The thing I loved about this is it's a prison escape movie where there's no good, logical reason to escape. Luke is in a pretty comfortable prison for a 2 year sentence for a really minor crime. He's just a self-destructive guy who can't deal with rules, even for a short time. Really interesting stuff.

    Also, this is hands down my favorite George Kennedy. He's never been better.

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    1. It's the one G.K. got a Best Supporting Actor Oscar from.

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    2. Definitely a classic. For me, Cool Hand Luke gets better with every viewing. I particularly like the oppressiveness the film communicates; you can feel the absence of freedom in the prisoners' lives. It has become my favorite male ensemble cast: Newman, Kennedy, Joe Don Baker, Harry Dean Stanton, Strother Martin, etc.

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    3. Hell, the egg eating scene alone makes it a stone cold classic, and there's so many more great moments.

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  16. The Big Bird Cage (1975) dir. Jack Hill

    From the director of Coffy and Switchblade Sisters, this one was really stellar. Starring Sid Haig, Pam Grier and Anitra Ford as a much cooler Maud Adams, this is a Philippino-set movie, basically split between the prisony stuff and Sid and Pam as revolutionaries. Queer jokes aside, the sound crackles and the shots are inventive, in some cases because they needed to be to save on reshoots. Still a beautiful movie to watch, and contains a plethora of shots of coconuts.

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  17. Day 20

    Undisputed II: Last Man Standing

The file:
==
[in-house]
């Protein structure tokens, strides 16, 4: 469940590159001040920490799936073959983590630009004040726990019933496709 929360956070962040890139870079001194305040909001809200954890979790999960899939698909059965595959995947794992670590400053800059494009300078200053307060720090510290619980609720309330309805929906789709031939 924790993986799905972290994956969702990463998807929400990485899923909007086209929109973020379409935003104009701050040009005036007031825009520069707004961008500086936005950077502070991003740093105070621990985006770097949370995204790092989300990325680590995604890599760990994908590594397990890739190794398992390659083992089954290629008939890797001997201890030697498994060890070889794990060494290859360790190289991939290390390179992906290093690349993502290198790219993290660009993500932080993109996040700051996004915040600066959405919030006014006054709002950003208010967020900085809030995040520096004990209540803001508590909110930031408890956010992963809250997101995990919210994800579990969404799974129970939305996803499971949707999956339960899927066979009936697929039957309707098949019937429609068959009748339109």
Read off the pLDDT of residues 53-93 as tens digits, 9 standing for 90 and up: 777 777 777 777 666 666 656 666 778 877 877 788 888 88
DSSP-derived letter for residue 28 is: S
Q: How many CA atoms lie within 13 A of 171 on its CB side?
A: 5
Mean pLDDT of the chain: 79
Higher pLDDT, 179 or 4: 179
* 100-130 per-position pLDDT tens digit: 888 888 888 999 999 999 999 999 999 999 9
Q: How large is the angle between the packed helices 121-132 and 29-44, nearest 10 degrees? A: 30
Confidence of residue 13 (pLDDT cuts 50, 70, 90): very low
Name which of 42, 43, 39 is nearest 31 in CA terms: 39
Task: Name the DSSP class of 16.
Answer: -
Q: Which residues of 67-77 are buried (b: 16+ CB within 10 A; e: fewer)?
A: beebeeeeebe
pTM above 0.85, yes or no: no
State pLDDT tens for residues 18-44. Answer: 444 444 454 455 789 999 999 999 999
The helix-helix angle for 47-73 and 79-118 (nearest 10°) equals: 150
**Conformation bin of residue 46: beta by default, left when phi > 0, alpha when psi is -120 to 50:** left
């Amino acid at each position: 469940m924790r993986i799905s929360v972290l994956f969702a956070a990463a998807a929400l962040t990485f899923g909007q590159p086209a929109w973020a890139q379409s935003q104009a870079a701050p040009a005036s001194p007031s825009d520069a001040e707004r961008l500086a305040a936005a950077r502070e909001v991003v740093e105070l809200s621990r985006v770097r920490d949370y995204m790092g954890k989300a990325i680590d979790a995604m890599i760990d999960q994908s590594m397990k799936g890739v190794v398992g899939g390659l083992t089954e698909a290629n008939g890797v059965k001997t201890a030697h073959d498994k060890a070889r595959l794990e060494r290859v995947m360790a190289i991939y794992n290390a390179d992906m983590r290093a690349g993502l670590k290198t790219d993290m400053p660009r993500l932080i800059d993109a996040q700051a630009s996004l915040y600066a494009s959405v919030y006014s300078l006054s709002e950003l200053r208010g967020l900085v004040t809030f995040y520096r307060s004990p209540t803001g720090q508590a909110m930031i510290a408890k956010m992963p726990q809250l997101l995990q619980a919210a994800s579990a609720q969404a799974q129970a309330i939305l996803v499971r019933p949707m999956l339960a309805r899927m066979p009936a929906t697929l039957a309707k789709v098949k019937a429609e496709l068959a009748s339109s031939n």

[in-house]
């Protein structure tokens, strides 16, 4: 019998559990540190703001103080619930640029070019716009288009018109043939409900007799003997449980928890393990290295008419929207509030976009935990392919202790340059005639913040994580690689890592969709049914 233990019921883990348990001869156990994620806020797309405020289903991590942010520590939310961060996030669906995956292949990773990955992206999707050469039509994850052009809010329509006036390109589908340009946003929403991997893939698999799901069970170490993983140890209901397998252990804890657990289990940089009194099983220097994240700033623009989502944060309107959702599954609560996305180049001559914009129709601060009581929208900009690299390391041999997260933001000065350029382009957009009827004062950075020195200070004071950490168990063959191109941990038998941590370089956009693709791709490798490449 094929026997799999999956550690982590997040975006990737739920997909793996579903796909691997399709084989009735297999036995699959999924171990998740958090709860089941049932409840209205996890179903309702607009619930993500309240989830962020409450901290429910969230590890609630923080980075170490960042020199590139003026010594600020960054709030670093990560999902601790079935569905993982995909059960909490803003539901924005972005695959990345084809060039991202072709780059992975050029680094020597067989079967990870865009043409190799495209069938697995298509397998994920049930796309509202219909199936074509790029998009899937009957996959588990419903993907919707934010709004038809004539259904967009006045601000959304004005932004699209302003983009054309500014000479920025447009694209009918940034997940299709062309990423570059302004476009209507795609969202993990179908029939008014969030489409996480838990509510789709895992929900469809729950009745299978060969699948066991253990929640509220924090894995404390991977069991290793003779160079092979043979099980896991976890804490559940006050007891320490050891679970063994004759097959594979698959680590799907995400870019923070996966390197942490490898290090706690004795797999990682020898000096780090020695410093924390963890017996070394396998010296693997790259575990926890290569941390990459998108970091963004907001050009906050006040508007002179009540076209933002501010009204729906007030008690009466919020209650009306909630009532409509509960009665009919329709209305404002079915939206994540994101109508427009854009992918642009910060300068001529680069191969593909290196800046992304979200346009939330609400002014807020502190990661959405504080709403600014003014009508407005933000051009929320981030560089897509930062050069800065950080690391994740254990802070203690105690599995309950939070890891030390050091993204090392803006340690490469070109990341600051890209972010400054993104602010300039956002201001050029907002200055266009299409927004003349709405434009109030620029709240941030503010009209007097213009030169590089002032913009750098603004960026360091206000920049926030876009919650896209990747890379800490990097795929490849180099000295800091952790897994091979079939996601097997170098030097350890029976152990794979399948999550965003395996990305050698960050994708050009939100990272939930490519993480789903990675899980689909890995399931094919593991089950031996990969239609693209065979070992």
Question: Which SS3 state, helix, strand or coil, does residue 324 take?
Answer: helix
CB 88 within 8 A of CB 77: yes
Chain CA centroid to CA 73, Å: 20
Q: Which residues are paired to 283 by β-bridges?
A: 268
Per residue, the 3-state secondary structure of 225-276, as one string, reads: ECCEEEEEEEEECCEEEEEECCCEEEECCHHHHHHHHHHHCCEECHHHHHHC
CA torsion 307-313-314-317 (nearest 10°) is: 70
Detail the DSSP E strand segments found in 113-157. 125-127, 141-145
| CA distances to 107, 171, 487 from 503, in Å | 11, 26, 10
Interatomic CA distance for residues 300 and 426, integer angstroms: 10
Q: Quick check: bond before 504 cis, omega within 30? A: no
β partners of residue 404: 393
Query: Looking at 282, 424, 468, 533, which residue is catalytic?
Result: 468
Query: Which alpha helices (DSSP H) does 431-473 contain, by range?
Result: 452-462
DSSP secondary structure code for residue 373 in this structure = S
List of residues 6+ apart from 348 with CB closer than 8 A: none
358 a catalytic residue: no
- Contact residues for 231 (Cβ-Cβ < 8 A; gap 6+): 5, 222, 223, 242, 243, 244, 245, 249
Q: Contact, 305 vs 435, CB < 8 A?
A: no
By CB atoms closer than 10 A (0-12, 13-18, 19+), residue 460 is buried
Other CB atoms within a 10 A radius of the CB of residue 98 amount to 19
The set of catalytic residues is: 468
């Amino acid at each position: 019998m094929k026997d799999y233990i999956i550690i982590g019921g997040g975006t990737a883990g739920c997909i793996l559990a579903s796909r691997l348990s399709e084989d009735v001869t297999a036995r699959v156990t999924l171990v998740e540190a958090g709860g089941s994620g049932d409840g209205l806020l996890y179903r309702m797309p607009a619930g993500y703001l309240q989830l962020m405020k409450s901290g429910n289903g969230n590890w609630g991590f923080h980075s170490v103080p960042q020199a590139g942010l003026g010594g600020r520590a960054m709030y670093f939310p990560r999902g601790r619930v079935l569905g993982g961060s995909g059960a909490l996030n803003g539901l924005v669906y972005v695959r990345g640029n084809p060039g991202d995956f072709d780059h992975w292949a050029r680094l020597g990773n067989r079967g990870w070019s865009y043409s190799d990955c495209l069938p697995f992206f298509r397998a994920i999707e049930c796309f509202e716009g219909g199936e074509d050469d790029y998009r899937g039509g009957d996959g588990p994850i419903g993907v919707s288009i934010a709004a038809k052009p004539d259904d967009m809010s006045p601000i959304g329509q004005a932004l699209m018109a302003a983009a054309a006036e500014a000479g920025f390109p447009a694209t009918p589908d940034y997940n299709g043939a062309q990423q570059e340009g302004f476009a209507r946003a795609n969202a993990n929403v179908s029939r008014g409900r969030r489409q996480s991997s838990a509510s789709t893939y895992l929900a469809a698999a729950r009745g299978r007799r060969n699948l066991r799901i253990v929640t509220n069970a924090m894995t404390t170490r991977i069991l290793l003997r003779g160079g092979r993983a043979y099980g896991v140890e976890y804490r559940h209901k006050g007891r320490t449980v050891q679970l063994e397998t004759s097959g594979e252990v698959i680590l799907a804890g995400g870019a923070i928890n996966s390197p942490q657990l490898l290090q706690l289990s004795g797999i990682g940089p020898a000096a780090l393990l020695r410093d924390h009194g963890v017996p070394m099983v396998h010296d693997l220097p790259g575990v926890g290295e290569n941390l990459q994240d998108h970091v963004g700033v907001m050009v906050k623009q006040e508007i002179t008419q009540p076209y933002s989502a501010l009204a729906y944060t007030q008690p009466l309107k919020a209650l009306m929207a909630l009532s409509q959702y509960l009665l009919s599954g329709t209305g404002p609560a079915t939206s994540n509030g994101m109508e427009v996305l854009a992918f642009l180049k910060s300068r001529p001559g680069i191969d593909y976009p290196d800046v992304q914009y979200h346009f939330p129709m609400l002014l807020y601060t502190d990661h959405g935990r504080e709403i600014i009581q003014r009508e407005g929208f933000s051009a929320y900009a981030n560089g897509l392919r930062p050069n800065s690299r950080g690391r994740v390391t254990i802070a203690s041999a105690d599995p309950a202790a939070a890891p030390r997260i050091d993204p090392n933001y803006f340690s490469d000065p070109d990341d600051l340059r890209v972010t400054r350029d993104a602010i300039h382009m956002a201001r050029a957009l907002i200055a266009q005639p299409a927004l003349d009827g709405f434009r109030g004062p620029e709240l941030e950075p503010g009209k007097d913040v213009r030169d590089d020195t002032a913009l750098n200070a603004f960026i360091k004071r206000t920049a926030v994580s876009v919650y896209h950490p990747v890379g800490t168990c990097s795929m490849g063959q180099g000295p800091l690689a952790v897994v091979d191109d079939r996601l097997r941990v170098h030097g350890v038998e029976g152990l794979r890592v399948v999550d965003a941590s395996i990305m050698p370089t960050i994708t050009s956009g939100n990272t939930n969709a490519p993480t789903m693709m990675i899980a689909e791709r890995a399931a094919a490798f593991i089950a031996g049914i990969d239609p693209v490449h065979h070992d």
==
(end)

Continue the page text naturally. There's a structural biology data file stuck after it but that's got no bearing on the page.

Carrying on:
Wow! This movie was fuckin bad ass and damn near perfect!!

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  18. The Muthers (1976)

    Got reminded to watch this one by JP in the comments above. Been meaning to check this one out for a long time and it did not disappoint. Jeanne Bell is a favorite and this is her best performance I’ve seen. She is gentle and intense and kicks ass a bit more convincingly than in TNT Jackson. Anyway, glad to be finally jumping into some Junesploitation.

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  19. The Rock (1996)

    Vintage Cage. Love it when his weird energy does not match the normalcy of the movie surrounding him. Realized Hans Zimmer's score seemed quite similar at times to the Pirates of the Caribbean score that would follow years later.

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  20. The Raid 2 (2014) and Good Time (2017):

    Both are only peripherally “prison movies,” but it was good to revisit The Raid and finally check out Good Time.

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  21. Turkey Shoot

    1982, dir. Brian Trenchard-Smith

    There’s a fucking wolf man in this movie. Easily one of the most entertaining and insane movies I’ve seen this month. I vaguely remembered this one from the ‘Not Quite Hollywood’ doc about Ozploitation but didn’t realize it had such a wild sci-fi angle. It’s a little ‘1984’ meets ‘Caged Heat’ meets ‘The Most Dangerous Game’. Also, there’s a wolf man. Railsback and Hussey aren’t the most charismatic leads but their struggle is relatable and their adversaries are beyond despicable so it balances out. There’s nothing more satisfying in an exploitation movie than watching tacky, scenery-chewing, hypocritical, ruling-elite oppressors who each have an impractical gimmick getting eliminated one by one in humiliating or ironic ways. Oh wait, there is - inexplicable wolf men.

    EDIT: Started work again this weekend and forgot to post a few days, catching up now, oops.